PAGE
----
Democracy of Sound: Music Piracy and the Remaking of American Copyright in the Twentieth Century

Alex Sayf Cummings

This insightful and entertaining look at the history of music piracy offers invaluable background to the hot-button issue of creativity and the law.

Reprinted from Democracy of Sound: Music Piracy and the Remaking of American Copyright in the Twentieth Century (footnotes omitted) by Alex Sayf Cummings with permission from Oxford University Press USA. © 2013 Oxford University Press. No part of this excerpt may be reproduced or printed without permission in writing from the publisher.

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Music, Machines, and Monopoly

Music lends itself to reproduction. A musician composes a song by fumbling for the right chords, and then transcribes the sequence of sounds as notes and words on paper. The written composition is of little use unless someone brings it to life. The performance is then captured as a sound recording, which can be reproduced on a massive scale and replayed again and again. Other performers cover the song made famous by the original artist, making their own copies of the underlying musical script. Later on, musicians take fragments of the recorded performance and incorporate these samples into new electronic works. When I download the song from an online file-sharing network, my computer makes a new copy of the recording in a folder for the music player iTunes, as well as a separate copy in the “shared” folder that provides access to the file for other searchers online. As a music publisher complained early in the twentieth century, “Cheap music is more easily copied than a book or any other work of literature.”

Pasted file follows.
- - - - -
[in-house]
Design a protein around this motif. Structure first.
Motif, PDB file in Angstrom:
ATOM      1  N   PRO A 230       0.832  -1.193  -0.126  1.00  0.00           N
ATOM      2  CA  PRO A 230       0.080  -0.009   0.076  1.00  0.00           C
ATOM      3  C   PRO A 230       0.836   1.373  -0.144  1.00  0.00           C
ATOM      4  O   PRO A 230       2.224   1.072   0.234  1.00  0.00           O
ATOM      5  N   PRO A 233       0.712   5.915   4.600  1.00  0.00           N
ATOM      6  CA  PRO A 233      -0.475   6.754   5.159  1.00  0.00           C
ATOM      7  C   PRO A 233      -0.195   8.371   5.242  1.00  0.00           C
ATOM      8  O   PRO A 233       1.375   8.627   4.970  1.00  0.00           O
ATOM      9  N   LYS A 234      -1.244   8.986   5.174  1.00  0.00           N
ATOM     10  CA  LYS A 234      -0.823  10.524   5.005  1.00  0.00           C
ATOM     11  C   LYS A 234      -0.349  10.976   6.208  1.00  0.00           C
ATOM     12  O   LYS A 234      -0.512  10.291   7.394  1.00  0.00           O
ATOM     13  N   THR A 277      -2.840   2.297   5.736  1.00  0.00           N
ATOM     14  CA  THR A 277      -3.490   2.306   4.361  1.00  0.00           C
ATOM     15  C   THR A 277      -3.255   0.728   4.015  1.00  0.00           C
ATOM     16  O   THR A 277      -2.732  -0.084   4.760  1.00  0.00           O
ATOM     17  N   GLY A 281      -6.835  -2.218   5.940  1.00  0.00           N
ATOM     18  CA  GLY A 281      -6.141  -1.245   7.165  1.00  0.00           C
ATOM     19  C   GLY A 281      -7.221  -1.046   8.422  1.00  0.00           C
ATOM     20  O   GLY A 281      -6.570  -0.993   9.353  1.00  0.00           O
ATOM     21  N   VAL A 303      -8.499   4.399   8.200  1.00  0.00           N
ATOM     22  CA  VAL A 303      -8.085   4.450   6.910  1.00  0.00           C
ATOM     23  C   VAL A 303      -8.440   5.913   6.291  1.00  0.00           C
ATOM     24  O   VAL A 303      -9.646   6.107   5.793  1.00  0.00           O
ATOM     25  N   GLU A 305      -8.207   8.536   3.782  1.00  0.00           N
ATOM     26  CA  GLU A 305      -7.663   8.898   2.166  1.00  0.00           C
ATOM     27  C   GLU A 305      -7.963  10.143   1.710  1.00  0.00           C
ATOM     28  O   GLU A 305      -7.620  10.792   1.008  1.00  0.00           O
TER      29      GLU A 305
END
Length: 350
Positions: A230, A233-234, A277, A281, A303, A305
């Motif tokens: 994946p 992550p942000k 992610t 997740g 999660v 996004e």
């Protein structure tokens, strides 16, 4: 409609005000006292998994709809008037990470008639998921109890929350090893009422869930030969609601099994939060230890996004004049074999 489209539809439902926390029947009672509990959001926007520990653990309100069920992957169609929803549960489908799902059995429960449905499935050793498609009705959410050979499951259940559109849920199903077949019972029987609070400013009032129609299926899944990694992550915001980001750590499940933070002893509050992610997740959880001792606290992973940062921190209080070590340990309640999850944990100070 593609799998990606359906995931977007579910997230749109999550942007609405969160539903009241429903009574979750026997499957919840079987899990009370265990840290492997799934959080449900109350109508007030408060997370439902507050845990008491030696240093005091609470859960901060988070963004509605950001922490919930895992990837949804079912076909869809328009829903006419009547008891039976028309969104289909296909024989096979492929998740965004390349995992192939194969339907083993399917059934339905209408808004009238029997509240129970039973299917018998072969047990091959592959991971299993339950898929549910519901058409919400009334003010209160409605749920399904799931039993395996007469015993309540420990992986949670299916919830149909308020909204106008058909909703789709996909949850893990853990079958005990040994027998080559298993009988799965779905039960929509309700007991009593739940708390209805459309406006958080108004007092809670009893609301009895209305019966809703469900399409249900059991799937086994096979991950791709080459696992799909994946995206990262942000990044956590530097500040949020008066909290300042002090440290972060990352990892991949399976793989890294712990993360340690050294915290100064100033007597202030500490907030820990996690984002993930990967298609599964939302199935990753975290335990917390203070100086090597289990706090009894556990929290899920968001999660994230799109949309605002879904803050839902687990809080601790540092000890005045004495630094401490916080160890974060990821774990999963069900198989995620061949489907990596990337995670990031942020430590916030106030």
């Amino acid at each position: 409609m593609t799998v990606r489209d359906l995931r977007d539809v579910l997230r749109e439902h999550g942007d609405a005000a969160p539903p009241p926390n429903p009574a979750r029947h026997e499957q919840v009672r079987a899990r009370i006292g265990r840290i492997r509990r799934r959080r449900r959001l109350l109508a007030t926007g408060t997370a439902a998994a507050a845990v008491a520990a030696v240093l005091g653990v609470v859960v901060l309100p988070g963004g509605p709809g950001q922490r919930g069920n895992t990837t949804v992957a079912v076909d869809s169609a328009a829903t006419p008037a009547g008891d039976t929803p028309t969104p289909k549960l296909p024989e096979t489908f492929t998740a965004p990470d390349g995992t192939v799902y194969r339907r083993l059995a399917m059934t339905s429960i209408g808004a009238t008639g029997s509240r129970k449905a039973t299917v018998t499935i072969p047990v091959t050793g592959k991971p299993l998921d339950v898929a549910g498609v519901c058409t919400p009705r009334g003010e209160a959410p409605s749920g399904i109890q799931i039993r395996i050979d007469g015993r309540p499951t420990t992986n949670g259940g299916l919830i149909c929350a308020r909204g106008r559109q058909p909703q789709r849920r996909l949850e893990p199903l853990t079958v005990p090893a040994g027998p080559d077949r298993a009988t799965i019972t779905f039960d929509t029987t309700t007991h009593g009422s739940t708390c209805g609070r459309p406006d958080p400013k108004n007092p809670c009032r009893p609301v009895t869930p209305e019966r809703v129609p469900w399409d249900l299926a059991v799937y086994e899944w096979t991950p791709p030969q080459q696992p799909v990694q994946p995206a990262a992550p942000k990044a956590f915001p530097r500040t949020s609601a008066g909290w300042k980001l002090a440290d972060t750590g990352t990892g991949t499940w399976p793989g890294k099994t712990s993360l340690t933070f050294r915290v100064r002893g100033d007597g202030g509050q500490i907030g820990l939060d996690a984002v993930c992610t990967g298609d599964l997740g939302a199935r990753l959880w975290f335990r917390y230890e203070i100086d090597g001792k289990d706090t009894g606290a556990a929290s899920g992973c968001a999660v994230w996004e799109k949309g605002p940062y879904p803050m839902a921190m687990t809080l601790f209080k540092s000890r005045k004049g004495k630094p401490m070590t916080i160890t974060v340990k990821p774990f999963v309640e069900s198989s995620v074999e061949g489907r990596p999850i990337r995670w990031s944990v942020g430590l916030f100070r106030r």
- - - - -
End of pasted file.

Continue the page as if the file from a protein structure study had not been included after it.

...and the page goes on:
At each step, a new and different version of the original music is created, whether a performer’s recording of a composition, a cover artist’s reinterpretation of another recording, or the digital file extracted from a compact disc. The fact that one piece of music can be split into written symbols, mechanical sounds, and multiple interpretations has caused many headaches for those who have tried to figure out who owns the scripts and vibrations. Consumers, entrepreneurs, lawmakers, and musicians grappled with this conundrum, as the technological means of reproducing music grew increasingly numerous and complex over the course of the twentieth century. From the first mechanical reproductions of music in the 1870s to media as different as magnetic tape and the Internet, locating the author of a musical creation—or the owner of a musical commodity—has proven difficult.

What counts as music, and who should be able to control it? Is it the idea of a melody, the written composition, the live performance, or the inscription of a performance on vinyl, tape, or disc? Should the songwriter, performer, or record company have the exclusive right to control the production of a sound recording and benefit from selling copies of it? For much of the twentieth century, legal authorities could not answer these questions, and federal copyright law actually held that no one owned the recording itself once it was published. Under a system established by Congress in 1909, the songwriter (or the publisher who held the rights to a song) could choose to license the first mechanical use of a composition, but any subsequent renditions were beyond the copyright holder’s control. The composer would receive a flat royalty for each copy made of a recording of the song, but that was all. And, until 1972, the producers of mechanical copies of music, such as long-playing (LP) vinyl records, piano rolls, or wax cylinders, could not copyright their products.